Watch the BBC’s 2014 documentary on Kate Bush.

I finally watched last year’s BBC documentary on Kate Bush (previously posted), and now I’m gonna be on a serious Bush bender, if you will. Though there is no modern interview with Kate, there are plenty of vintage clips (and seriously, if you can watch her in these interviews and not be completely smitten, you’re a stronger person than I). Additionally, there are a ton of celebs sharing their love of Kate, including, David Gilmour, Elton John, Peter Gabriel, Annie Clark (St Vincent), John Lydon, Natasha Khan (Bat For Lashes), Tricky, Big Boi from Outkast, Tori Amos, Steve Coogan, Stephen Fry, Neil Gaiman, Lindsay Kemp and, perhaps most importantly, her partner/collaborator of many years, Del Palmer.

Whether you’re a Kate Bush neophyte or a seasoned Bushophile, this documentary sings her praises in a manner that will leave you enthralled. I personally find it amazing that her utterly unique sound resonated with so many as to make her a Top Ten artist, throughout Europe, particularly in her home country of England, where she is so beloved that she was bestowed the title of Commander of The Order of The British Empire, for services to music. Such recognition of originality, I find gratifying.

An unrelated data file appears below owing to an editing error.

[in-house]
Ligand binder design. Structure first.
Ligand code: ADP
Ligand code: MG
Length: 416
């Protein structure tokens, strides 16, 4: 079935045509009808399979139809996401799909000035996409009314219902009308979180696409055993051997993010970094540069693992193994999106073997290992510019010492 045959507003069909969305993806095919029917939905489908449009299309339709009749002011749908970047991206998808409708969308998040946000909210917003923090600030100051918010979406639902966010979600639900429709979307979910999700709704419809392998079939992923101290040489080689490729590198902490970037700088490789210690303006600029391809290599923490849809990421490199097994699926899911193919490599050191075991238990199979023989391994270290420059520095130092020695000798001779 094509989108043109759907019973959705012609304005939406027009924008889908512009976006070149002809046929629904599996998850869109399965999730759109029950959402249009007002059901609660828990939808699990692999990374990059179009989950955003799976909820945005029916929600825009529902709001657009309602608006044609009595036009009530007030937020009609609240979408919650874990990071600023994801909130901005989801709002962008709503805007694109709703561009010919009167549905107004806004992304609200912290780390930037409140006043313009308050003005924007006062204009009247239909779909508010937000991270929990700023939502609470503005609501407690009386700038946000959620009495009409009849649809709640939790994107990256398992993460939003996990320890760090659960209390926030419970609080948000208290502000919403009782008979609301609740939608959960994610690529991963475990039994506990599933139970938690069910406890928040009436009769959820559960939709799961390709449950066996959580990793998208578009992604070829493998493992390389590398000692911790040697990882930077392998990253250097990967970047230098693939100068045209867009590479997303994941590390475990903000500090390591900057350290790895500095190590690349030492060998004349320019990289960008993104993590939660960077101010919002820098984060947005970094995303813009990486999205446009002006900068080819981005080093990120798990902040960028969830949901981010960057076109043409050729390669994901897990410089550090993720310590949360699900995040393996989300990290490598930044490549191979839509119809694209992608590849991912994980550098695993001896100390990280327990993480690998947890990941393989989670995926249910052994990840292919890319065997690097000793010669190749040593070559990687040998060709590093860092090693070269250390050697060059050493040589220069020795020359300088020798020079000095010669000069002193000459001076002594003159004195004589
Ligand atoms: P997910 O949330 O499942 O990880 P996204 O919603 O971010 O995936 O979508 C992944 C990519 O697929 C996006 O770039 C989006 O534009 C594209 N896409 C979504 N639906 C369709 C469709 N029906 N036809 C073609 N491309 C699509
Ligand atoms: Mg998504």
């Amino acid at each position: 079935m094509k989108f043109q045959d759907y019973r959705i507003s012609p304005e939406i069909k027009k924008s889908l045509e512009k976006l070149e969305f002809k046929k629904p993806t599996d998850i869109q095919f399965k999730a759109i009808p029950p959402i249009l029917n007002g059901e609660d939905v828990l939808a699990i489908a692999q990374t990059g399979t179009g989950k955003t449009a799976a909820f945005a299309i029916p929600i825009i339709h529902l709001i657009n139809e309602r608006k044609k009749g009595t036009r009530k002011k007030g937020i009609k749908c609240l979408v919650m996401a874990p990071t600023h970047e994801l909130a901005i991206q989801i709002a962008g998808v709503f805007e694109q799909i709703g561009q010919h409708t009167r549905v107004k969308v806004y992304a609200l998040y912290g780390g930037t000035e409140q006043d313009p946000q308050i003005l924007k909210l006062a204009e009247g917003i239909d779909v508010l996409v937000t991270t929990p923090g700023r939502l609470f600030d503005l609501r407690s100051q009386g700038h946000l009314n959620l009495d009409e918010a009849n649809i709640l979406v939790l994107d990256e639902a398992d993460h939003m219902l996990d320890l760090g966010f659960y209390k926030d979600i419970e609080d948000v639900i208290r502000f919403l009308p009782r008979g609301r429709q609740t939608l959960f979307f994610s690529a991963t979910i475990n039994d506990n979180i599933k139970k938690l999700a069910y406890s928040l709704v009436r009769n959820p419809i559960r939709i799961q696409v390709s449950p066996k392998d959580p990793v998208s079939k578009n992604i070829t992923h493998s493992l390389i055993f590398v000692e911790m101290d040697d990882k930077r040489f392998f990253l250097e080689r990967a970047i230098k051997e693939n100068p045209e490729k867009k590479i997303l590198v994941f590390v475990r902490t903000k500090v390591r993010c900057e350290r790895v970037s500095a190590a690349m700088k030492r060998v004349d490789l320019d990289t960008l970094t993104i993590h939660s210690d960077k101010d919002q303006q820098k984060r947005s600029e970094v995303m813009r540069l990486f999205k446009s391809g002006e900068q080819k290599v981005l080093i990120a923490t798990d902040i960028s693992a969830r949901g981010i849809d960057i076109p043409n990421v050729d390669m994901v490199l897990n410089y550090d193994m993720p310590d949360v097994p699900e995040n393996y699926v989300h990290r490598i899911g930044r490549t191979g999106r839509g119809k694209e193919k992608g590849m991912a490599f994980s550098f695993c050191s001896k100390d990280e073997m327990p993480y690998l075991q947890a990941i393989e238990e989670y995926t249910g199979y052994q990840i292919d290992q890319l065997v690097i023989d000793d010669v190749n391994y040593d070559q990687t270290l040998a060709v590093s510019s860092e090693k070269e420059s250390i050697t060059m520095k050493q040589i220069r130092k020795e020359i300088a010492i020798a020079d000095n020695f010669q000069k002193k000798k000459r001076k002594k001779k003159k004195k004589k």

Random things I learned from the doc: when David Gilmour met her in 1973, she was 15 and had written over 100 songs, including The Man With The Child In His Eyes, she sings the back up line “Jeux sans frontieres” on my favorite Peter Gabriel solo track, Games Without Frontiers (how did I not know that, or the actual lyric, which is the French translation of the title?), her only tour was in 1979 and she did not perform another concert for 35 years, she studied dance with choreographer/dancer/actor Lindsay Kemp, and Annie Clark sings Wuthering Heights at karaoke nights.

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